AI News, Microsoft Research Blog

Microsoft Research Blog

Over the past decade, machine learning systems have begun to play a key role in many high-stakes decisions: Who is interviewed for a job?

However, news stories and numerous research studies have found that machine learning systems can inadvertently discriminate against minorities, historically disadvantaged populations and other groups.

In essence, this is because machine learning systems are trained to replicate decisions present in the data with which they are trained and these decisions reflect society’s historical biases.

Our work, outlined in a paper titled, “A Reductions Approach to Fair Classification,” presented this month at the 35th International Conference on Machine Learning (ICML 2018) in Stockholm, Sweden, focuses on some of these challenges, providing a provably and empirically sound method for turning any common classifier into a “fair” classifier according to any of a wide range of fairness definitions.

To understand our method, consider the process of choosing applicants to interview for a job where it is desirable to have an interview pool that is balanced with respect to gender and race—a fairness definition known as demographic parity.

Our method can turn a classifier that predicts who should be interviewed based on previous (potentially biased) hiring decisions into a classifier that predicts who should be interviewed while also respecting demographic parity (or another fairness definition).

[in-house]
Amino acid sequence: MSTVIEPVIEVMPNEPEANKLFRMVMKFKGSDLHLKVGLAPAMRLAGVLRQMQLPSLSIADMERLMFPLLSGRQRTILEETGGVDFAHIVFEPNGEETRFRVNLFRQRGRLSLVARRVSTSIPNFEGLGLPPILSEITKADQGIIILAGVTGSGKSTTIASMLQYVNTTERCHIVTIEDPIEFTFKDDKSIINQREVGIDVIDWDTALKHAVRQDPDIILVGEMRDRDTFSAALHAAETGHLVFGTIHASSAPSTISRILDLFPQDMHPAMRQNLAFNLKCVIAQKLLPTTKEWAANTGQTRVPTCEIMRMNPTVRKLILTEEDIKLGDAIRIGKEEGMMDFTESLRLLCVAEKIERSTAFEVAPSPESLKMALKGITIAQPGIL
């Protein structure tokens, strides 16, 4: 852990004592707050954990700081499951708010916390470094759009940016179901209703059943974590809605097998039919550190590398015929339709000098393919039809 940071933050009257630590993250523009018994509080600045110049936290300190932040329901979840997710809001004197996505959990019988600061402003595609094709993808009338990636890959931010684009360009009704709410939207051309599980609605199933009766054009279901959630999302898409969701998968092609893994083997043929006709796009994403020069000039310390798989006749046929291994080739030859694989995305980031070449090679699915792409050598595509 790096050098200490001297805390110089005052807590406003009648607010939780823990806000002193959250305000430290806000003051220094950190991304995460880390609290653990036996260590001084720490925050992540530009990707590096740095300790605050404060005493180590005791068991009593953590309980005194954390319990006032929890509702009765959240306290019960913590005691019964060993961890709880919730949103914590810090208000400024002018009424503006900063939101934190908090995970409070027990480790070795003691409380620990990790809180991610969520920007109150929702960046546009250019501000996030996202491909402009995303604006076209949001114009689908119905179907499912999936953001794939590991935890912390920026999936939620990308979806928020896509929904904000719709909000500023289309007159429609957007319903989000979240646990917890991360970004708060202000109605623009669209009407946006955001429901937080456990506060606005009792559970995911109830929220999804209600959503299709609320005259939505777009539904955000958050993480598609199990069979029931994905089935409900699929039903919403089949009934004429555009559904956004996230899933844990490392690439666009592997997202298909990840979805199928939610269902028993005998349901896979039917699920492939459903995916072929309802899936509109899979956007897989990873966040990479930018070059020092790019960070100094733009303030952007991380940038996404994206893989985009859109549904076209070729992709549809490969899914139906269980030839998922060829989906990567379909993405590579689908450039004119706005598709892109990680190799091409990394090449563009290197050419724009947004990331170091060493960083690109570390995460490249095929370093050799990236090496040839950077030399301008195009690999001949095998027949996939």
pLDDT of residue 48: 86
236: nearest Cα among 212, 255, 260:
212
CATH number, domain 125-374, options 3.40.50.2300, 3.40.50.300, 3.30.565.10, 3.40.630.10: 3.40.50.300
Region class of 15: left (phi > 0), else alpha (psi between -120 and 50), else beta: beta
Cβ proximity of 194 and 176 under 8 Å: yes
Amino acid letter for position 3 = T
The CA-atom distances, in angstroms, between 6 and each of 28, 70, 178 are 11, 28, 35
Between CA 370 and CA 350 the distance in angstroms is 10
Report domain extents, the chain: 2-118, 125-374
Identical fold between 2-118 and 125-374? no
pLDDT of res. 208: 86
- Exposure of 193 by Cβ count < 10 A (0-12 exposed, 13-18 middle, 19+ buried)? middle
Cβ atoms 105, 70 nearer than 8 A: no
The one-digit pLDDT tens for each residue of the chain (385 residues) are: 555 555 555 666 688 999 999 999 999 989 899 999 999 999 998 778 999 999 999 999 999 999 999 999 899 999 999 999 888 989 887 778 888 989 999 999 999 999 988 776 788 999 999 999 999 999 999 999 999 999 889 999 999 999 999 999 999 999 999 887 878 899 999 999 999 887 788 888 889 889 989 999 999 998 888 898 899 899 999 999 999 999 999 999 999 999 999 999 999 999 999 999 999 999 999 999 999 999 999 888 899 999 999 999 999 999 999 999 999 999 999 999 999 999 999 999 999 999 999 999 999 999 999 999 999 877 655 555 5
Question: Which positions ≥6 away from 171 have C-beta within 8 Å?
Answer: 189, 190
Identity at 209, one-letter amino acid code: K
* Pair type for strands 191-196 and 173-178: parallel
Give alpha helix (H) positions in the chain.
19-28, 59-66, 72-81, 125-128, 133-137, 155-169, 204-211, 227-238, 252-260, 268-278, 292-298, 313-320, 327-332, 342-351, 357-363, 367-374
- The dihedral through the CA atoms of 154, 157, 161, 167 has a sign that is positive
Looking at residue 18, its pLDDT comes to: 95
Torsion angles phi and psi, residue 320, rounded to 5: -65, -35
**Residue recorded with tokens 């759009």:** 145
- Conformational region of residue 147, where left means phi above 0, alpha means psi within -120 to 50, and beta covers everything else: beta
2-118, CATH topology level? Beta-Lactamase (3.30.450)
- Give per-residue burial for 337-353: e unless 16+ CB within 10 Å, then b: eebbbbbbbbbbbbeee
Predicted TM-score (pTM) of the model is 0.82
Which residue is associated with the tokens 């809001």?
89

For instance, applicants of a certain gender or race might be upweighted or downweighted, so that the classification algorithm is better able to find a classification rule that is fair with respect to the desired gender or racial proportions.

Lecture 16 | Adversarial Examples and Adversarial Training

In Lecture 16, guest lecturer Ian Goodfellow discusses adversarial examples in deep learning. We discuss why deep networks and other machine learning ...

Fairness in Machine Learning

Machine learning is increasingly being adopted by various domains: governments, credit, recruiting, advertising, and many others. Fairness and equality are ...

Carlos Guestrin Interview - Explaining the Predictions of Machine Learning Models

My guest this time is Carlos Guestrin, the Amazon professor of Machine Learning at the University of Washington. Carlos and I recorded this podcast at a ...

The Emerging Theory of Algorithmic Fairness

As algorithms reach ever more deeply into our daily lives, increasing concern that they be “fair” has resulted in an explosion of research in the theory and ...

NW-NLP 2018: Semantic Matching Against a Corpus

The fifth Pacific Northwest Regional Natural Language Processing Workshop will be held on Friday April 27, 2018, in Redmond, WA. We accepted abstracts and ...

AI in the Administrative State | Introduction & Overview

Introductory Remarks Stuart Benjamin, Duke Law School, The Center for Innovation Policy at Duke Law Nita Farahany, Duke Law School, Duke Initiative for ...

TensorFlow Dev Summit 2018 - Livestream

TensorFlow Dev Summit 2018 All Sessions playlist → Live from Mountain View, CA! Join the TensorFlow team as they host the second ..

Computer Science Colloquium - October 19, 2017 - William Wang


OURSA Conference Recording

OUR SECURITY ADVOCATES highlights a diverse set of experts from across information security, safety, trust, and other related fields. Agenda is below and at ...